Museum Meanderings Part 1

Aicular crystals in talc-schist from Tyrol, Austria: Australian Opals: Ladies slipper shaped pyrite from England: World’s largest topaz from Brazil. All from the Natural History Museum in London.

We spent a lot of our time in London walking around museums. In particular, I was looking for interesting color combinations and some new inspiration for designs for my art. I found something to inspire me at each museum. The Natural History Museum had a spectacular wildlife and nature photography contest exhibit. They used a lightbox technology for the display of the top photos where light comes from behind the photograph displayed in the dark room and everything is very dramatic.  Most of the photographs that I really liked included a lot of negative space around the main focal point. For example, a close up of a duck swimming in the water where the water is white reflecting the fog and it looks like a line drawing of a duck on white paper. One artist used drone technology to photograph seals lounging on a small iceberg with dark water surrounding the iceberg. It was very geometric and graphic with simple colors of blue, black and white.  Right now, I’m in the “less is more” phase. I love that inspiration can come from a totally different media. Click to see a print of my favorite one, The Midnight Passage.

The other highlight of the  Natural History Museum is the ROCKS. The opals were magnificent and I will remember all those colors for future work. For design inspiration, I saw some of the rocks with long curved crystals immersed in a grey rock. Somehow I want to incorporate this into a future artwork, as well. In included other favorites in the photos in this article.

Next up is the British Museum.  The curators have created such wonderful displays. I love how they displayed the African pottery. They had a large exhibit on African cloth, both old and new cloth. Another interesting thing about the British museum is they had contemporary art next to historical artifacts in the same exhibit from the same places. I was fascinated with this modern piece of art based on Ghanian kente cloth but made out of wood by artist El Anatsui.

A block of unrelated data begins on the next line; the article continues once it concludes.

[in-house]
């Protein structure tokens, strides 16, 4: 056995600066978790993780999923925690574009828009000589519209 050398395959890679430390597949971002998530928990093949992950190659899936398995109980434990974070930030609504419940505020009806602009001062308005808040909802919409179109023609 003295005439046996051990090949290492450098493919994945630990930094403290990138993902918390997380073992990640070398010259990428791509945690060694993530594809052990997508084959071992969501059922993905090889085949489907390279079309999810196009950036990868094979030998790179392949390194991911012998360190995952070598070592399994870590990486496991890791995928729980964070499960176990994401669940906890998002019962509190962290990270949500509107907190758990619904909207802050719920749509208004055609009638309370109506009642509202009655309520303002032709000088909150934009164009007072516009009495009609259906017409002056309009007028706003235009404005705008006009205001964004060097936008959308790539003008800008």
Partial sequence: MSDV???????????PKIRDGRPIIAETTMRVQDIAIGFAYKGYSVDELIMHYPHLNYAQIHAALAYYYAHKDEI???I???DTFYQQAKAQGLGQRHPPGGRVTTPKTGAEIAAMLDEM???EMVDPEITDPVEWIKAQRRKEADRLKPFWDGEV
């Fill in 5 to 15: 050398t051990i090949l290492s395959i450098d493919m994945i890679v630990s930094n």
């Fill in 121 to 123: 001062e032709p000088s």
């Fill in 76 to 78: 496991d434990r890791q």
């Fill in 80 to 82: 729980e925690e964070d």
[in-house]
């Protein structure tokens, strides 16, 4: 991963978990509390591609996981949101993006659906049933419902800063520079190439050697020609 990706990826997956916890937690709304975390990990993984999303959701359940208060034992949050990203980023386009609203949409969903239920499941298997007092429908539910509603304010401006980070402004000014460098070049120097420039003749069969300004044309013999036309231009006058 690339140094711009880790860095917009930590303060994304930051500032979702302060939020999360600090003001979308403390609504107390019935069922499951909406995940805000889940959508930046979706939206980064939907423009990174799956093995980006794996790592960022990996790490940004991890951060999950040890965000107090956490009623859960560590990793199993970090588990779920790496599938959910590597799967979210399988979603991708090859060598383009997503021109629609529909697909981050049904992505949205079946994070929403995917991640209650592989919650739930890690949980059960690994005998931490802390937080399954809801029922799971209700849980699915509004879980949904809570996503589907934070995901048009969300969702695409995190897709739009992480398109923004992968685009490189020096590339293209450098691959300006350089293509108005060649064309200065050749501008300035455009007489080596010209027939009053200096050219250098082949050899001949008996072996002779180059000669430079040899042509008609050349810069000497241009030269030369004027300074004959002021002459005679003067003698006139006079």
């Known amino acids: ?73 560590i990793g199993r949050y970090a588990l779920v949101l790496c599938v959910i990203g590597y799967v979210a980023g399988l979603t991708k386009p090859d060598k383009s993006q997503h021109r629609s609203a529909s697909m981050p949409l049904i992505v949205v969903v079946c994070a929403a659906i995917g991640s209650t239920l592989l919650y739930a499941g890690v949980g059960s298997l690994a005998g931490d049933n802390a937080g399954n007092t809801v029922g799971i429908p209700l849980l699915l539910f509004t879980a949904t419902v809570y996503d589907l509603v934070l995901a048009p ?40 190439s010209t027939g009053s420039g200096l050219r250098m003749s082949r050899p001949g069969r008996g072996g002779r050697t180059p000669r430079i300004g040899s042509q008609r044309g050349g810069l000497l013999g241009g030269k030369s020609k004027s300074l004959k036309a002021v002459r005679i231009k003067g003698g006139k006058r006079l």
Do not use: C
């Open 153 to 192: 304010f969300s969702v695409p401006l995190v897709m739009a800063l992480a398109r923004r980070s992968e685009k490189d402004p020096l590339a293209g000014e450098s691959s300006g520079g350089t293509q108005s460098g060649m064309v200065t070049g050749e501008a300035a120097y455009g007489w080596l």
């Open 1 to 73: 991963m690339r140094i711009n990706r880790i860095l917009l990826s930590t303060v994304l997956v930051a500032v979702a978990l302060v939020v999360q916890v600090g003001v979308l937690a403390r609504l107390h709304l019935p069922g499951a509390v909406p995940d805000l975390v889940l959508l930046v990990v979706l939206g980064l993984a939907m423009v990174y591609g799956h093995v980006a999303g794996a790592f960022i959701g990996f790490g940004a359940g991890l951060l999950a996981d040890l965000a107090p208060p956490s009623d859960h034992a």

Kente Rhapsody by Ghanian artist El Anatsui. Full artwork upper right plus closeup on the left. African pottery on the lower right. All from the British Museum in London.

Great design and great use of colors. Here is how the museum described his work called Kente Rhapsody,

“Ghanian artist El Anatsui highlights not only this reverence but also the damage inflicted on tradition by mass consumerism. The chain saw, which scars the wood from which it is created, symbolizes this erosion.”

The other inspiration was for the color combo of garnet and gold form the Sutton Hoo excavation. Gorgeous.  I also loved the medieval helmet they dig up within this burial chamber. I have included photos of the pieced together original helmet and an artist rendition of what it would have looked like. The text around the exhibit said the poem Beowulf was shown to be more true than just just an allegory based on this archeological find.

Sutton Hoo ship burial of an Anglo-Saxon grave dated early 600 AD. Purse lid of gold and cloisonne garnets and shiny reconstruction next to original helmet found on the site.

The masterpieces of our human history shown in these museums from all over the globe is inspiring in itself. The colors of the rock specimens or the design of the ancient Greek friezes from temples in Athens are all inspiring. It comes down to color and design. The fun part of thinking creatively is to take two totally different ideas and combine them to inspire something totally different. Museums are a great place to let your mind wander and think up new combinations that have meaning for you in your art. 

So why am I sharing this with you? Hopefully you find this museum meandering interesting. But most importantly, I hope it inspires you to look at museums differently, as a way to get inspired to create your own art in your own way.

This year I want to spend more time in the studio. To help free up more time to do this, I will be writing my Studio Notes every other week. So look for my next post January 23. And get ready because the next Studio Notes post is all about the Annie Albers exhibit at the Tate Modern Museum. She was a weaver and associated with the Bauhaus movement. Loads of inspiration and hundreds of photos later, I’m still being inspired by her.